The taxman is planning to investigate around 50,000 small businesses
over the course of next year for failing to maintain proper records
and underpaying corporation tax.
HM Revenue & Customs (HMRC) have warned small businesses that they
could face expensive consequences in the new year if they fail to keep
their financial records in order.
The HMRC are planning to clamp-down upon poor book-keeping and tax
underpayments over 2011.
The group plans to utilise it’s Business Records Checks campaign to
target the 40% of small businesses that suffer from poor record keeping
and least likely to pay their taxes.
More than 2 million small firms that keep their financial records in poor
order will be faced with investigations and fines in excess of £3,000.
The National Tax Director with accountancy firm, Smith & Williamson, Richard Mannion, commented:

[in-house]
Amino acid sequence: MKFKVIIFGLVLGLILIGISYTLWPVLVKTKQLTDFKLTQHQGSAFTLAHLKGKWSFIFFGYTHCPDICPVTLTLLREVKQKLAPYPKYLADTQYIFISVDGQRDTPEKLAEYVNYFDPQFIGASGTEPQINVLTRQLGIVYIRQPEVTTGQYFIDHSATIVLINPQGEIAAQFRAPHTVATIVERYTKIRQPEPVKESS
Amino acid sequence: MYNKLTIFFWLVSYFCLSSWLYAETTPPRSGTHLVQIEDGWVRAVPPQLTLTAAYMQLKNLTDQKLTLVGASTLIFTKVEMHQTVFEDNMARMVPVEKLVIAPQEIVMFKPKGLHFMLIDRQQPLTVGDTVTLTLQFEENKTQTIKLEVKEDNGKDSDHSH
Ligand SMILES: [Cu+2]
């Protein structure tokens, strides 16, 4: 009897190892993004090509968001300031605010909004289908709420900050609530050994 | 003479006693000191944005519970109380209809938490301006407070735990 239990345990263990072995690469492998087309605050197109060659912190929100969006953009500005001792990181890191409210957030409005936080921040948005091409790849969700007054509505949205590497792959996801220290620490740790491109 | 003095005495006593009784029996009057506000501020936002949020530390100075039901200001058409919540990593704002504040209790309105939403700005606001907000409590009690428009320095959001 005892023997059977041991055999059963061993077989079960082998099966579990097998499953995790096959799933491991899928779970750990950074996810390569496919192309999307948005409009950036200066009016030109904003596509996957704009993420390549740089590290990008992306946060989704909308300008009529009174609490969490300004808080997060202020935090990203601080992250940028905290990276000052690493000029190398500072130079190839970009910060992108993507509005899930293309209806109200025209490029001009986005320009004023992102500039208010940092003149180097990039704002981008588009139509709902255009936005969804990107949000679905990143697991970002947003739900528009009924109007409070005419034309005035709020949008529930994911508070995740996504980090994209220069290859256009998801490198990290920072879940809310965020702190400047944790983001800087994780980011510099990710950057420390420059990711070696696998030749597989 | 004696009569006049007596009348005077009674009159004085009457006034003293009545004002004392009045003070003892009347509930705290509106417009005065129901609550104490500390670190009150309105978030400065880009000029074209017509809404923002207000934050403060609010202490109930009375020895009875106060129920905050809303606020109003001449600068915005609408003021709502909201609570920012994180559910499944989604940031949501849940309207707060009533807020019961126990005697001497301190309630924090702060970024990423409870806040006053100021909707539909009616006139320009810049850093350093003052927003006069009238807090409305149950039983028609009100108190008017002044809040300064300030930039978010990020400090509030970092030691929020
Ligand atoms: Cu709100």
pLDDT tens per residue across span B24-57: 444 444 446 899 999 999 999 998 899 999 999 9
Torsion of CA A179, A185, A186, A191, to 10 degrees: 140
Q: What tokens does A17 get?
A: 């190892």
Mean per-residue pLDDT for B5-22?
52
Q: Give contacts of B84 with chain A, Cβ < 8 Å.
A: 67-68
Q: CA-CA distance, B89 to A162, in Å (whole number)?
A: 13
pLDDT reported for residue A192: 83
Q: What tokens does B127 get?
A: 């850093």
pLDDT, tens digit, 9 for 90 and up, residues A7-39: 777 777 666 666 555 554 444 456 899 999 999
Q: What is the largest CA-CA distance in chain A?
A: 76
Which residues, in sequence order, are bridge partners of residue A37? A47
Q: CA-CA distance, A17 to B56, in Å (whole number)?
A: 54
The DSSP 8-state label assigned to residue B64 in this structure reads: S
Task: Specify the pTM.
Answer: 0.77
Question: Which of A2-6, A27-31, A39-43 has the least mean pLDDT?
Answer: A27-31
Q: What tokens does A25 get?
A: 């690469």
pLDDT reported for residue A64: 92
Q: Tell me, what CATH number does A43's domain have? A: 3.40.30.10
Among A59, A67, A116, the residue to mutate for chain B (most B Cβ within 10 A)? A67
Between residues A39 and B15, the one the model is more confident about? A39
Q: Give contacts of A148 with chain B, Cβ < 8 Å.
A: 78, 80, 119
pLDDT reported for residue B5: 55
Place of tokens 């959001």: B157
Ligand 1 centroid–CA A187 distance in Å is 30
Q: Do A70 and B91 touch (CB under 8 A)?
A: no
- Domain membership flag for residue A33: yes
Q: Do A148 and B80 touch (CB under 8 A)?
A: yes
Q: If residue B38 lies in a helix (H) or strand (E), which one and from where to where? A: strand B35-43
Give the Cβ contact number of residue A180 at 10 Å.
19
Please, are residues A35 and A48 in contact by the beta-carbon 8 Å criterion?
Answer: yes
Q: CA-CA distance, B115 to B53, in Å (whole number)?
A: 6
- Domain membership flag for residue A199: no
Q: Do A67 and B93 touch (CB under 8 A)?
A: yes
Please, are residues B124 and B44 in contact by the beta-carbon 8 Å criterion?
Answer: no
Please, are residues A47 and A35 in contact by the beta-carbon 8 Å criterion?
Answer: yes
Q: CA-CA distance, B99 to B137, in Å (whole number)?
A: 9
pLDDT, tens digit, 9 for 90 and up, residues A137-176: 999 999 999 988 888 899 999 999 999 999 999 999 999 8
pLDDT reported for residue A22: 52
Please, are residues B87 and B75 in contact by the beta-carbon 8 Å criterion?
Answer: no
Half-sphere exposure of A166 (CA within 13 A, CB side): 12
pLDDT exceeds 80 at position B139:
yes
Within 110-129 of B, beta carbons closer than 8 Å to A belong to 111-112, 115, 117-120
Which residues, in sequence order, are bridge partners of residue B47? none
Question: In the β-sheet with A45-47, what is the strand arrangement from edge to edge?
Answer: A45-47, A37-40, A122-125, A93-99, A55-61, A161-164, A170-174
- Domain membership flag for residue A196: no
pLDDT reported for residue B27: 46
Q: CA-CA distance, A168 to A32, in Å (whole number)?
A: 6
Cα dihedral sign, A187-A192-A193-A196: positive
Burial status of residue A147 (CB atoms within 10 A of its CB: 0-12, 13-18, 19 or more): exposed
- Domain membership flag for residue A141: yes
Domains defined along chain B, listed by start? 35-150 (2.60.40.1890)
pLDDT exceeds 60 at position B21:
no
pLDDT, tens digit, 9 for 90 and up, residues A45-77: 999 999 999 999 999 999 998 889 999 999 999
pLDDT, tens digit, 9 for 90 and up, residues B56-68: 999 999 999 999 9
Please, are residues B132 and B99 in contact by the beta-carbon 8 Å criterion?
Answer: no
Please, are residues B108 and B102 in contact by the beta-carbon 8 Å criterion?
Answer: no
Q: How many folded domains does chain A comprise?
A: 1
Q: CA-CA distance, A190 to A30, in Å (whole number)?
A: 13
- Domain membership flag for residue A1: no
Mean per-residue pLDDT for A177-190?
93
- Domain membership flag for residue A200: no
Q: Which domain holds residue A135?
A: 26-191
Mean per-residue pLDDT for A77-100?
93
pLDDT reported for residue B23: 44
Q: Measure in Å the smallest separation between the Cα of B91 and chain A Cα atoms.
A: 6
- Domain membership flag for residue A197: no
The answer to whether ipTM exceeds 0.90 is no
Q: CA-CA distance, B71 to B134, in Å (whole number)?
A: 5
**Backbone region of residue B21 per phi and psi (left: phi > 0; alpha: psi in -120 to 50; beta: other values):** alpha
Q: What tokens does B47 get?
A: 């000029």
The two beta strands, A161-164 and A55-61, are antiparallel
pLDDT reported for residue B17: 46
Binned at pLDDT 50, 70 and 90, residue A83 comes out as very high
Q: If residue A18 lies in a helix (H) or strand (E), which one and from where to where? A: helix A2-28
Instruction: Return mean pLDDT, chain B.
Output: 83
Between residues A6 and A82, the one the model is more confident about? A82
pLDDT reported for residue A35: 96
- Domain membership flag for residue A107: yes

“One of the difficulties facing entrepreneurs and SMEs is that they may have to keep records for income tax, VAT, capital gains tax, PAYE and so on. Separate penalties apply for each set of taxes so a small business can fall foul of the results in several areas.”
Mr Mannion went on to say:
“In my experience some inspectors expect entrepreneurs and other business people to keep a set of books and records in textbook order. Some inspectors have little understanding of what life is like in the real business world where an entrepreneur or sole trader is responsible for production, sales, marketing, health and safety, etc, in addition to book-keeping and acting as unpaid PAYE and VAT collector.”
The HMRC believes that there are major benefits from improved record keeping, including an improved chance of business success, better financial management and a lessened chance of a compliance intervention, such as a full inquiry into the firm’s tax returns.